I’ve been looking forward to Justice League: The Flashpoint Paradox since it was announced. While the Flashpoint comics didn’t do much for me, it was largely because they were broken up into so many mini-series that it was hard to see the whole story all at once. A movie solves that problem, weaving all the different narratives together. Sometimes it worked and sometimes it didn’t, but overall I thought it was an enjoyable film.
The basic plot of Justice League: The Flashpoint Paradox is that someone has gone back in time and altered history so now the world is completely different. There are good changes, like the Flash’s mother being alive instead of murdered when he was a boy, but some seriously bad changes as well, like a war between Atlantis and the Amazons that has leveled most of Europe. Everything in this new universe is slightly different: Batman is Thomas Wayne, Bruce’s father; Superman’s rocket was captured by the government; Wonder Woman is the warring queen of the Amazons. The Flash is the only one who remembers the old universe, and he sets about trying to bring it back.
I’m big on alternate universe stories, so I enjoyed returning to the world of Flashpoint. Trying to fit 13 different mini-series into one movie is a tall order, so obviously certain stories got short shrift. Most of the backstory was left out in favour of focusing on the Flash and the events depicted primarily in the main Flashpoint book. This worked okay generally, but there was one area where the changes and lack of detail made for some confusion: The Atlantis/Amazon war.
In the comics, the backstory was a little bit complex. Diana met Arthur and they fell in love and were set to get married, allying the Amazons and Atlanteans, but members of both groups weren’t in favour of this union. Orm and Artemis teamed up to stop it, assassinating Hippolyta and framing Garth, and then everything went bananas and war broke out. In the movie, they simplify the story in a muddled, problematic way. We see Arthur and Diana meeting, and then kissing in a bedroom, while Mera looks on jealously. Mera later attacks Diana, who kills her, and then there’s a war. There’s nothing about plots and assassinations; instead, Mera’s jealousy appears to be the trigger, which is a lazy trope.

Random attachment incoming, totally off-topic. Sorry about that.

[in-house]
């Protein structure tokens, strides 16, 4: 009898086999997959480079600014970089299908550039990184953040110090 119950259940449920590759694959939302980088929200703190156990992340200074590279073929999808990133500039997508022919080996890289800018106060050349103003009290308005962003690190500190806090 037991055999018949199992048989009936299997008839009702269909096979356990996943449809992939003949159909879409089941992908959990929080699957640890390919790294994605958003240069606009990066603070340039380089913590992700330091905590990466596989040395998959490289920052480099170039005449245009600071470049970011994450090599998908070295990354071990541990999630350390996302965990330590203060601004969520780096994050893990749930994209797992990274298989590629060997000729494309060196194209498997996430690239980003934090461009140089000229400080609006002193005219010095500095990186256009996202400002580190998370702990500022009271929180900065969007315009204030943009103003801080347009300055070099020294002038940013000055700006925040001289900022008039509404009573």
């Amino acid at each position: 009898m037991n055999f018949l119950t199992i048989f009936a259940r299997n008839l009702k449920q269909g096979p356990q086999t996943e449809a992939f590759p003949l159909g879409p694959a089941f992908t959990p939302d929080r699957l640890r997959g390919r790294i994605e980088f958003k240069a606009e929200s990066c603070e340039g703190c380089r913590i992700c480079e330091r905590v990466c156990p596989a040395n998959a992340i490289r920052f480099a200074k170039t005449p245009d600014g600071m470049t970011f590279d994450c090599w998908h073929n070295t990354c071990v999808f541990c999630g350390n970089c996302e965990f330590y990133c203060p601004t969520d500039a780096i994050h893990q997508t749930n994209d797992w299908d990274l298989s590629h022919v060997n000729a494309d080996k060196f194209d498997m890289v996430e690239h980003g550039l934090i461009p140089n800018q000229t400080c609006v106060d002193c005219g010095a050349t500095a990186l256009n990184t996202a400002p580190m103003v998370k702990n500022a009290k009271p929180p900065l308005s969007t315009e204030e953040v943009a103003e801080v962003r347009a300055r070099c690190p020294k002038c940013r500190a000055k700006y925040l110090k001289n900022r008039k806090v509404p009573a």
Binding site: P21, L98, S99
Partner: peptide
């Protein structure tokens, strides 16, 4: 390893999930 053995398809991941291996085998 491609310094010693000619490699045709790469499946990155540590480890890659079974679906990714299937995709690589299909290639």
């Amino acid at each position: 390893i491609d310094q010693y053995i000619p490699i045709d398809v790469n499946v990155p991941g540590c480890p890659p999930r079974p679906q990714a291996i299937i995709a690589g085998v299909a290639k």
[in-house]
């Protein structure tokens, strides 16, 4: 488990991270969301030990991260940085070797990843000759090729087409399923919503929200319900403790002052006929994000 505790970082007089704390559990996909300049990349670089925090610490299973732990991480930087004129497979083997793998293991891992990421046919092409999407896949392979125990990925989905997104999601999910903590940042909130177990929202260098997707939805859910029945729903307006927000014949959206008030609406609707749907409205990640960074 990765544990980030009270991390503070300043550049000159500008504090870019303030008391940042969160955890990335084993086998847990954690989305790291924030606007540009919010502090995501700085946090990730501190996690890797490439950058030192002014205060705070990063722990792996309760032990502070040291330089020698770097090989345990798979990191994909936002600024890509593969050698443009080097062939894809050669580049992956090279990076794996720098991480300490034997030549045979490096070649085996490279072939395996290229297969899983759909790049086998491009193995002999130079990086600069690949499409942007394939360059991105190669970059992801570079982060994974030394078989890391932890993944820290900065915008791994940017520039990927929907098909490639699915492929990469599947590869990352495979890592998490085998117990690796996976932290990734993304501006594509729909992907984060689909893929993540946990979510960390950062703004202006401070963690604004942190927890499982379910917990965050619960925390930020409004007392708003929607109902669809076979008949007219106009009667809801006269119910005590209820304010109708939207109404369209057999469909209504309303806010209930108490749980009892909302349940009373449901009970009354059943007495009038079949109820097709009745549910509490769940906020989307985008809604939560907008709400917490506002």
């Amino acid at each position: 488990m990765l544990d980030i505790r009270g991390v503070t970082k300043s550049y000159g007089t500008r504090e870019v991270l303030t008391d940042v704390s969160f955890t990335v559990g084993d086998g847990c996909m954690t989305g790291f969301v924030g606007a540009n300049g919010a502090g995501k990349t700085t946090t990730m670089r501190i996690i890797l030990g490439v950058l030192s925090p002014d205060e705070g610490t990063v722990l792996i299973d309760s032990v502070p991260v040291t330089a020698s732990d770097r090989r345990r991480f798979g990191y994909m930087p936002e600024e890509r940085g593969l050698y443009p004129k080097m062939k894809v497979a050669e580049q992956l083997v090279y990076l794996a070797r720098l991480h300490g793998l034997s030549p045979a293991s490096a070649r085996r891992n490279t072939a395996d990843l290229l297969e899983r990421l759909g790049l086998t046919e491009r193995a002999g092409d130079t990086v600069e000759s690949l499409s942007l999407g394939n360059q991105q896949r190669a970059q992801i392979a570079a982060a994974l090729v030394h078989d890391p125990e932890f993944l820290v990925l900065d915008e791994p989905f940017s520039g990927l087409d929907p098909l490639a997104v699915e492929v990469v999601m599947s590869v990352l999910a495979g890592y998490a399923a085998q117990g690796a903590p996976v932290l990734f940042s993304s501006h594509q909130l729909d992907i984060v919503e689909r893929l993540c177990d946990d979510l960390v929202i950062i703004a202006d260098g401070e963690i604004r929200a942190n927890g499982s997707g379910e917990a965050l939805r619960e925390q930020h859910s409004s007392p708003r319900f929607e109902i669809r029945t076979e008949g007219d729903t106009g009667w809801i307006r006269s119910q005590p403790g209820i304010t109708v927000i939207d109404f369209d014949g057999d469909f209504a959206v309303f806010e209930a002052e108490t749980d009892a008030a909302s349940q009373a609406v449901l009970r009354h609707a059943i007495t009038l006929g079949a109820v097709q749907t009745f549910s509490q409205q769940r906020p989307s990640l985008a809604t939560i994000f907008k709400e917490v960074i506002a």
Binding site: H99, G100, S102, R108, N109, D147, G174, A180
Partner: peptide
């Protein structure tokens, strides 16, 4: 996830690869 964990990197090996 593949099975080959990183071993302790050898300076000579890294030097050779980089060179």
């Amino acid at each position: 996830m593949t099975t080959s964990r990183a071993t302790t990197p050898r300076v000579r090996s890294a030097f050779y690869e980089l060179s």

However, the past doesn’t matter all that much to the film. All that matters is that the Amazons and Atlanteans are at war and the destruction therein has killed millions, and the Flash and his team have to stop it to save the world. The Flash can hardly run back in time super fast to fix the timeline if there’s no planet for him to run on. The muddled origins of the war don’t detract from the story so much as the comic book version was just more interesting, but it’s all tangential to the main story and they only have so much time in a movie.
The plot itself hurtles forward pretty quickly, as you might expect from a Flash-centric movie. The opening scene in the regular universe, where the Justice League helps the Flash stop his Rogues and disarm a series of bombs, is great in that each League member prevents the detonation in a different way that’s very reflective of their character. We’re then thrown into the new universe after the title sequence, and the Flash teams up with Batman, then Cyborg, then the entire resistance movement in Amazon-occupied London, all while we pop in on different side characters in different parts of the world. Characters like Hal Jordan, Lois Lane, Deathstroke, and others don’t get anywhere near full adaptations of their original comic stories, but what we do see are good scenes that establish who they are in this world while moving the overarching story forward.
While I didn’t much like the animation because this weird hybrid of anime and Western style DC’s been using a lot lately just doesn’t work for me at all, the action was quite fantastic. The fight scenes were very well choreographed to be dynamic and exciting, and were executed well by the animation team. The final battle in London is pretty epic, with three different factions fighting it out with all manner of weaponry and support vehicle. There are guns, arrows, lasers, concussion blasts, water weapons, swords, and even a trident, with their handlers moving from opponent to opponent in all manner of combinations and fighting style. All of the action is creative and visually striking, amounting to the best action I’ve seen in a DC film to date.
It does get dark, though. With all of this epic fighting, the inevitable result is a lot of casualties, many of them quite gruesome, on top of the many deaths that have occurred leading up to the final battle. These DC films aim for a PG-13 rating, and they definitely earned it here. There’s a lot of bloody violence. It’s also dark in a more existential kind of way. I don’t want to spoil the ending, but when we find out who caused the change to the timestream and why, and what has to happen for everything to be righted, it’s pretty heavy stuff. That, combined with other dark moments like the harrowing history of Thomas Wayne, give the film a bit of a bleak, harsh quality.
Ultimately, Justice League: The Flashpoint Paradox was a decent film. It’s dark but exciting, with great action and strong voice acting. Kevin Conroy is back as Batman and Dana Delany plays Lois Lane, so what more could you want? Wonder Woman was more violent than I’d like, and her history was annoyingly muddled, but she definitely got to thrown down some epic battles. If you like alternate universes and crazy action, I’d definitely recommend the movie. Justice League: The Flashpoint Paradox has been available digitally for a couple of weeks and is out on DVD and whatnot now.